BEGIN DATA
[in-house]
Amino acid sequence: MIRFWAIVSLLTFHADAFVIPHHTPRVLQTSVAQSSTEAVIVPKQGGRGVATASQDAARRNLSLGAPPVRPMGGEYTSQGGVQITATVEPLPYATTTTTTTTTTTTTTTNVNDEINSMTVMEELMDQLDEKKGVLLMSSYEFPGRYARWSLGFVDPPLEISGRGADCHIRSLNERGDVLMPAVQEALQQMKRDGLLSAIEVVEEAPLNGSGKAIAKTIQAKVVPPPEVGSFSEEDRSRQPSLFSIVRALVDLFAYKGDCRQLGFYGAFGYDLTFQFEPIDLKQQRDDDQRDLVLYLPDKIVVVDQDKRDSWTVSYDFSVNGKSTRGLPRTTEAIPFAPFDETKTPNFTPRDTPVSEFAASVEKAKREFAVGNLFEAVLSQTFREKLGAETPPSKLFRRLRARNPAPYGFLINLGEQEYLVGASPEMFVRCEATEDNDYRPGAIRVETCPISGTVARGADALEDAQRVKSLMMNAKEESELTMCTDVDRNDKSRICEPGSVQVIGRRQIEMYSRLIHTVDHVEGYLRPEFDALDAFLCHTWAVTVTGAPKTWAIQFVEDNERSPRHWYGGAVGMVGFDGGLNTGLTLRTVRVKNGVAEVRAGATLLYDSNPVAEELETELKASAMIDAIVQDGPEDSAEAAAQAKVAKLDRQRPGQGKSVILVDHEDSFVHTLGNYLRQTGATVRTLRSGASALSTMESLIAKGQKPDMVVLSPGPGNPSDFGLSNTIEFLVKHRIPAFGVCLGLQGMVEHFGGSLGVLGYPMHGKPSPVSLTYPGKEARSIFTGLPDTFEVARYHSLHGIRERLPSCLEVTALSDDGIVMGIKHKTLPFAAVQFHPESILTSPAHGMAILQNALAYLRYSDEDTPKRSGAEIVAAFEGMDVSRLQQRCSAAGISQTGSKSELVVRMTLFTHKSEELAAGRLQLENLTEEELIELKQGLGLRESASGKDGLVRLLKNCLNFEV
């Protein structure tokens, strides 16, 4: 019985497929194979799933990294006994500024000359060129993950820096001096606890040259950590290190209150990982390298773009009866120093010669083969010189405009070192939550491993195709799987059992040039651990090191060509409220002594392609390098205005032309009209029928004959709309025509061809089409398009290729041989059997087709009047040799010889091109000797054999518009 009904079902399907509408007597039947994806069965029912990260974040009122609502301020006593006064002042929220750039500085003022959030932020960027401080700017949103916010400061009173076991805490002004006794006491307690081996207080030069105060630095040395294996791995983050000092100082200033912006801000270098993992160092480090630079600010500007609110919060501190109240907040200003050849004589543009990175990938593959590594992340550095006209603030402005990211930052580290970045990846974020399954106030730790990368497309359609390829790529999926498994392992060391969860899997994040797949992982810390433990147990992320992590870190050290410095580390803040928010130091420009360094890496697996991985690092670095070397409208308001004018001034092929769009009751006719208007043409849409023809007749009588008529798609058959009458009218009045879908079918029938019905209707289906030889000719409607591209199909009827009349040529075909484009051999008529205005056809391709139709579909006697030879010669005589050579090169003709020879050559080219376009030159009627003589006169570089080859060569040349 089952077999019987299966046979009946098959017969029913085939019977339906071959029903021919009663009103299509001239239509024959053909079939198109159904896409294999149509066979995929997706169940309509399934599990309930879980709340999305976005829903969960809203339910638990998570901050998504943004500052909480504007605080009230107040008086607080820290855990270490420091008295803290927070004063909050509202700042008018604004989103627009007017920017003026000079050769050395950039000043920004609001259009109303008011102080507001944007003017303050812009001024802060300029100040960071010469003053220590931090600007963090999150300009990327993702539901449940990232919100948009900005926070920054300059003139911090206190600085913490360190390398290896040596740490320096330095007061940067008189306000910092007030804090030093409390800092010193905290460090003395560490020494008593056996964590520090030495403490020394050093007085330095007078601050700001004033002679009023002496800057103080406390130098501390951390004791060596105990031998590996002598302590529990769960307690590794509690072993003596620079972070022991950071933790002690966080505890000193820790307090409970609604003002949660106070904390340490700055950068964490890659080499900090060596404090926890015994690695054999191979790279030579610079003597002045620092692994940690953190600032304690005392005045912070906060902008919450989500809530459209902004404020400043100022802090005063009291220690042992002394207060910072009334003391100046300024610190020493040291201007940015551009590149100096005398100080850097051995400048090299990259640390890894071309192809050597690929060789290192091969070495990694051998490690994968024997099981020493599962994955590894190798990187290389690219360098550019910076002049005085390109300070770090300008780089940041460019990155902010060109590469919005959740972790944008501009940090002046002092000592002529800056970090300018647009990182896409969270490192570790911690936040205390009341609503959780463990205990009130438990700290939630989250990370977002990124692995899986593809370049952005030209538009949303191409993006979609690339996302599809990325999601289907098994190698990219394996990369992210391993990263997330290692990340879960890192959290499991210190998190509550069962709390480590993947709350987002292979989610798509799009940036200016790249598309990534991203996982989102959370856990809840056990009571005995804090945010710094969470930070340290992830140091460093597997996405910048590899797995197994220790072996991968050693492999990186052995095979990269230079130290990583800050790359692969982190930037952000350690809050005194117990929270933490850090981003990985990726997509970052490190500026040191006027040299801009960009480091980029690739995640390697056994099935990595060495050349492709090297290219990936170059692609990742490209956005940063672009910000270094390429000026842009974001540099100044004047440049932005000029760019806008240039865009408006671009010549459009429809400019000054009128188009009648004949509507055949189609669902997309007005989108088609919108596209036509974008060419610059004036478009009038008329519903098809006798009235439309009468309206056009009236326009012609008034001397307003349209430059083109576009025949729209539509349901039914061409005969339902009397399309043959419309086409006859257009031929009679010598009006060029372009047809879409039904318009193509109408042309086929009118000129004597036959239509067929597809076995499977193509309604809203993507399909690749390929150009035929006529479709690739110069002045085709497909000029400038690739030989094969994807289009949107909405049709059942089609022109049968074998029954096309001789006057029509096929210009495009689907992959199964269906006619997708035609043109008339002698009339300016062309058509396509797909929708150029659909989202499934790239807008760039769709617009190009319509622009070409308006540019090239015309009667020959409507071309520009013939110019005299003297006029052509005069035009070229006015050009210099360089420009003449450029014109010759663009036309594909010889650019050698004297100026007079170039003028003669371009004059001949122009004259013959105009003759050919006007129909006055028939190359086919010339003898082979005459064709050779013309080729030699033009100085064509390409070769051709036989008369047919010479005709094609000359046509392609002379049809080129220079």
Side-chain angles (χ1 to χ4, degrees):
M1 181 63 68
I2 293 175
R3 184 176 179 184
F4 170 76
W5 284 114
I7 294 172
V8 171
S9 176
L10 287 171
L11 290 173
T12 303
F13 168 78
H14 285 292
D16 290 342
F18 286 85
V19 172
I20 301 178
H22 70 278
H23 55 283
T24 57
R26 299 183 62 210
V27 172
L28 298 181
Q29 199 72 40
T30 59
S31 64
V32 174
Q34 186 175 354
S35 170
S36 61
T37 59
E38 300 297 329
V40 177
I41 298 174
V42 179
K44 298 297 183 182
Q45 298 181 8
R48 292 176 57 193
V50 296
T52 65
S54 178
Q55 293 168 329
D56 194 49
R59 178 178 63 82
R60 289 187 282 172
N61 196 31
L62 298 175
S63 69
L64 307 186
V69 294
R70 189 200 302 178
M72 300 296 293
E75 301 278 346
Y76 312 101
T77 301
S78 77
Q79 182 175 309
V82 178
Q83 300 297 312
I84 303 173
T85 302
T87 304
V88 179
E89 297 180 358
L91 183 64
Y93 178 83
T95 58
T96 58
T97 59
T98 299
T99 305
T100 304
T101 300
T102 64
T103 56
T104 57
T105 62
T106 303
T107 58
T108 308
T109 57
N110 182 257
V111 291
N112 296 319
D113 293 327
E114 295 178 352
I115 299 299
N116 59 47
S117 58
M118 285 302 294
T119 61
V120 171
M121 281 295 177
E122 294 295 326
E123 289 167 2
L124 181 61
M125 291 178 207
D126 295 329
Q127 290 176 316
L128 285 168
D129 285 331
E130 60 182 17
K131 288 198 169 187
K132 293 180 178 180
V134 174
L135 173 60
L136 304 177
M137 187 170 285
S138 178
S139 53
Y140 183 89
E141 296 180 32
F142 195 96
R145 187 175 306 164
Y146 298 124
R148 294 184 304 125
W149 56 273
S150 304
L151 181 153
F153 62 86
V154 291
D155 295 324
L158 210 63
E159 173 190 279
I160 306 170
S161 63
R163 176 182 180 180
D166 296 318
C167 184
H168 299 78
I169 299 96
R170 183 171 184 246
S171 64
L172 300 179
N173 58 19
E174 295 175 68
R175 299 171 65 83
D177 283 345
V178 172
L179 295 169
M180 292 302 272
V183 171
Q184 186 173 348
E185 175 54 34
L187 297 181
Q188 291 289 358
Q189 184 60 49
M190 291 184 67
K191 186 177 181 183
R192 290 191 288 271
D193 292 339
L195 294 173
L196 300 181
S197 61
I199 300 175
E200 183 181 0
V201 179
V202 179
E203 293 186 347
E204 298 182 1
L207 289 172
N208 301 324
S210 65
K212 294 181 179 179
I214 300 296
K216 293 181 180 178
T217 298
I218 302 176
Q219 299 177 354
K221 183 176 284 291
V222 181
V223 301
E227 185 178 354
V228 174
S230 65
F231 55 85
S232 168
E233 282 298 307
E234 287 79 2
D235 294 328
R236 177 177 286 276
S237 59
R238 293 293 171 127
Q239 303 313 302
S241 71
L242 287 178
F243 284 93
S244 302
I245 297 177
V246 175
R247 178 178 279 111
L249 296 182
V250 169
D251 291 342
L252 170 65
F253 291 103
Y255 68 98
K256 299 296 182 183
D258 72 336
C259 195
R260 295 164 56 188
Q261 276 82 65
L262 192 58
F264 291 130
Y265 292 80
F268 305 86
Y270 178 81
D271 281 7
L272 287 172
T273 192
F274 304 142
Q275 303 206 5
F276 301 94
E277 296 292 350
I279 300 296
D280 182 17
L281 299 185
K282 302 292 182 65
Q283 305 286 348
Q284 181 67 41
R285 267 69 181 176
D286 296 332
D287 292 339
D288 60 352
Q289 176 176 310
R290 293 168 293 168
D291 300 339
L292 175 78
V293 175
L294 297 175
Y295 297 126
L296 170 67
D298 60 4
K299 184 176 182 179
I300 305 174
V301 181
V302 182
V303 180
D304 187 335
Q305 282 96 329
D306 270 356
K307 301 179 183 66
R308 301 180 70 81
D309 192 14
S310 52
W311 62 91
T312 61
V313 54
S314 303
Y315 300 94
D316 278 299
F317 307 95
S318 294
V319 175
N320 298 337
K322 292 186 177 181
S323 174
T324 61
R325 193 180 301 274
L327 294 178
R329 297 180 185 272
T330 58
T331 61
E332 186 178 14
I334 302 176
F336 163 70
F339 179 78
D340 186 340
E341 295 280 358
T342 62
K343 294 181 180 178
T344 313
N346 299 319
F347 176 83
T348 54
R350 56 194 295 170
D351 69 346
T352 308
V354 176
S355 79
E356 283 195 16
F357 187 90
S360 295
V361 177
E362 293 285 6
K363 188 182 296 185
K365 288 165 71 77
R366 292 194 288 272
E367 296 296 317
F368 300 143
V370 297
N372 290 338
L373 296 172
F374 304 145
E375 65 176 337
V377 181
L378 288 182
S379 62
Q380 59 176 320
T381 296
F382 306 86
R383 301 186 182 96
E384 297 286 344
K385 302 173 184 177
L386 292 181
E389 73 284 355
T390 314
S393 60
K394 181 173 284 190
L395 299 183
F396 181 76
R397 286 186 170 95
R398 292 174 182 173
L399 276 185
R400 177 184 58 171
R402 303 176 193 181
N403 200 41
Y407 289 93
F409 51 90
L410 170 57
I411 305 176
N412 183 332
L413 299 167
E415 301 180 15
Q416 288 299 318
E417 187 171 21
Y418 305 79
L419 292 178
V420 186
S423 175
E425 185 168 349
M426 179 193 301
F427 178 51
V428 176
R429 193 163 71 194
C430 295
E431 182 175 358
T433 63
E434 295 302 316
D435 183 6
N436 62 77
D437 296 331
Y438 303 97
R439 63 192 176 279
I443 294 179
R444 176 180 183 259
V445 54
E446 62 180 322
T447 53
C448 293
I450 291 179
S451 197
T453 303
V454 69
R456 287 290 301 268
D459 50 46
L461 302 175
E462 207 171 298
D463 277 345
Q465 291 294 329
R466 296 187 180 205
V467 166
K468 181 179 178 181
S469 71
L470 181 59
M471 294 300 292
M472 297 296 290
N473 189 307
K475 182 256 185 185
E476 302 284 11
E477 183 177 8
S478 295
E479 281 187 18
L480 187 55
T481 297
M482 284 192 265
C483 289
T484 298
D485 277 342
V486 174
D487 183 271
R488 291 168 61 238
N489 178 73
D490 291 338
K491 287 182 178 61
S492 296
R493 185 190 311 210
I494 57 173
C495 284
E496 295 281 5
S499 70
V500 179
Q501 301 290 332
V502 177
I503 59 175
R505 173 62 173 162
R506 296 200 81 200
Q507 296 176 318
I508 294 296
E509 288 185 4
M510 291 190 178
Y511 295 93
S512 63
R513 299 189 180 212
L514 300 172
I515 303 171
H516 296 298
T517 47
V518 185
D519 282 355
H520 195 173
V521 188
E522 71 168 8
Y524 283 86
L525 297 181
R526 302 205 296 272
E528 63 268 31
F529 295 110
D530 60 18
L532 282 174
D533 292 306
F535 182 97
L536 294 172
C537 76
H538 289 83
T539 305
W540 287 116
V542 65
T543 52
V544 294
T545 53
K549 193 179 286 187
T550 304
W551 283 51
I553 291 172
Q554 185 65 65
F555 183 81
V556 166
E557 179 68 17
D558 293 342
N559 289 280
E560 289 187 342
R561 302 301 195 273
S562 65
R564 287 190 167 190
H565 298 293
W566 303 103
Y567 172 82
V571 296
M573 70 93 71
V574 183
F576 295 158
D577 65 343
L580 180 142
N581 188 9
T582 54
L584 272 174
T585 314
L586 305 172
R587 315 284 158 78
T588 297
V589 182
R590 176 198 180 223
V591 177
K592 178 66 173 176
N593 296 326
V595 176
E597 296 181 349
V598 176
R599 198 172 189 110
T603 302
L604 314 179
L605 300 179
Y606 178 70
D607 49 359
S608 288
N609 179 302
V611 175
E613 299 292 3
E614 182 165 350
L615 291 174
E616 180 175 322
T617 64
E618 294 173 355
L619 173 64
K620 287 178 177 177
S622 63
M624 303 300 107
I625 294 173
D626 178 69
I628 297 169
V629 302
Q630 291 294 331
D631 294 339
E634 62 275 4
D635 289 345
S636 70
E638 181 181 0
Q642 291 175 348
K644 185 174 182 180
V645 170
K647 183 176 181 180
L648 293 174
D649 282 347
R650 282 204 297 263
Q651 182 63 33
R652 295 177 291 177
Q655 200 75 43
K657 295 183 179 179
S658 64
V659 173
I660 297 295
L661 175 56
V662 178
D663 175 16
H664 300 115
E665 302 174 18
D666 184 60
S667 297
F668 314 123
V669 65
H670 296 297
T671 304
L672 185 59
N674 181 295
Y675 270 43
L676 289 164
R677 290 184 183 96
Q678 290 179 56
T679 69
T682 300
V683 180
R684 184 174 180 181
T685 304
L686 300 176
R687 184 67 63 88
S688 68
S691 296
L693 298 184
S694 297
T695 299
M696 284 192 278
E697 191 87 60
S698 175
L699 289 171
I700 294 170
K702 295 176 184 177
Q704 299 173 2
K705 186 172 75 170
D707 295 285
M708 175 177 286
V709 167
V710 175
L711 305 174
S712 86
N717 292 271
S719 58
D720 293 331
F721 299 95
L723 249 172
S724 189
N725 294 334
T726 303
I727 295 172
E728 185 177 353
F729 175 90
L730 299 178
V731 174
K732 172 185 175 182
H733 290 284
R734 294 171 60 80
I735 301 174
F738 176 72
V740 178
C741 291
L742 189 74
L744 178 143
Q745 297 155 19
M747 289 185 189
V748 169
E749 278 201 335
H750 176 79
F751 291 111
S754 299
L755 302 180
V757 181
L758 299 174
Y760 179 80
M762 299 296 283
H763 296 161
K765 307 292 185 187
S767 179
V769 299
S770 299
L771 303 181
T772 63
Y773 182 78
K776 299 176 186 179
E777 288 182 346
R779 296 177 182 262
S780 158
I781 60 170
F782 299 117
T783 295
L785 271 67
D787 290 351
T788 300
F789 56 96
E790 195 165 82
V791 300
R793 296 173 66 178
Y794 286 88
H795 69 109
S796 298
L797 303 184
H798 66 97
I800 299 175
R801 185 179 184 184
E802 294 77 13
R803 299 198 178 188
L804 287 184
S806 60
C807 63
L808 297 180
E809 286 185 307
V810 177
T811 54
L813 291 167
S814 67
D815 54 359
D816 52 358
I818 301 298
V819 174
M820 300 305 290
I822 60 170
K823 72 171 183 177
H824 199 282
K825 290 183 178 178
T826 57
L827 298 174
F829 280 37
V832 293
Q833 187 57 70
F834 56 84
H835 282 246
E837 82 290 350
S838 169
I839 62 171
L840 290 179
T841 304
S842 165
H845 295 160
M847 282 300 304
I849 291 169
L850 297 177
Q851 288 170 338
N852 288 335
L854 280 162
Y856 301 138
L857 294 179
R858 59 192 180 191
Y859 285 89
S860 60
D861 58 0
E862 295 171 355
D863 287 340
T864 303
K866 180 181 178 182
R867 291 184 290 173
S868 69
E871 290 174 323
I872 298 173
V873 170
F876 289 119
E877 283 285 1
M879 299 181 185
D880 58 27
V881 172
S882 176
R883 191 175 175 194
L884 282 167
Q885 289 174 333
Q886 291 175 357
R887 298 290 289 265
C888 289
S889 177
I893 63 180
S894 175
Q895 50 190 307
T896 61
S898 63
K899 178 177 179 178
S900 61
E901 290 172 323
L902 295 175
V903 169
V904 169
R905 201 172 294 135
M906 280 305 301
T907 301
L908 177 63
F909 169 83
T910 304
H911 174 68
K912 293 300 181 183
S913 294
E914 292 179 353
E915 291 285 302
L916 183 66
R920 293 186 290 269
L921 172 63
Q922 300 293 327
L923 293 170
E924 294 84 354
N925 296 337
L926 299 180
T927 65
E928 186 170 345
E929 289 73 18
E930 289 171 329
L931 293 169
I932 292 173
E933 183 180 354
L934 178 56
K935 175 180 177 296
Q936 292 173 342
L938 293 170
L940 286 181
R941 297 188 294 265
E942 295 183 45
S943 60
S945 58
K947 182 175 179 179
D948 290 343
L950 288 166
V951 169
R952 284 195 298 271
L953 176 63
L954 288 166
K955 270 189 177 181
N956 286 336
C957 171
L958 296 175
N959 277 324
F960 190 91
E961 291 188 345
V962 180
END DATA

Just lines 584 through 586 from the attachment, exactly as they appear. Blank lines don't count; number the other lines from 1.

V748 169
E749 278 201 335
H750 176 79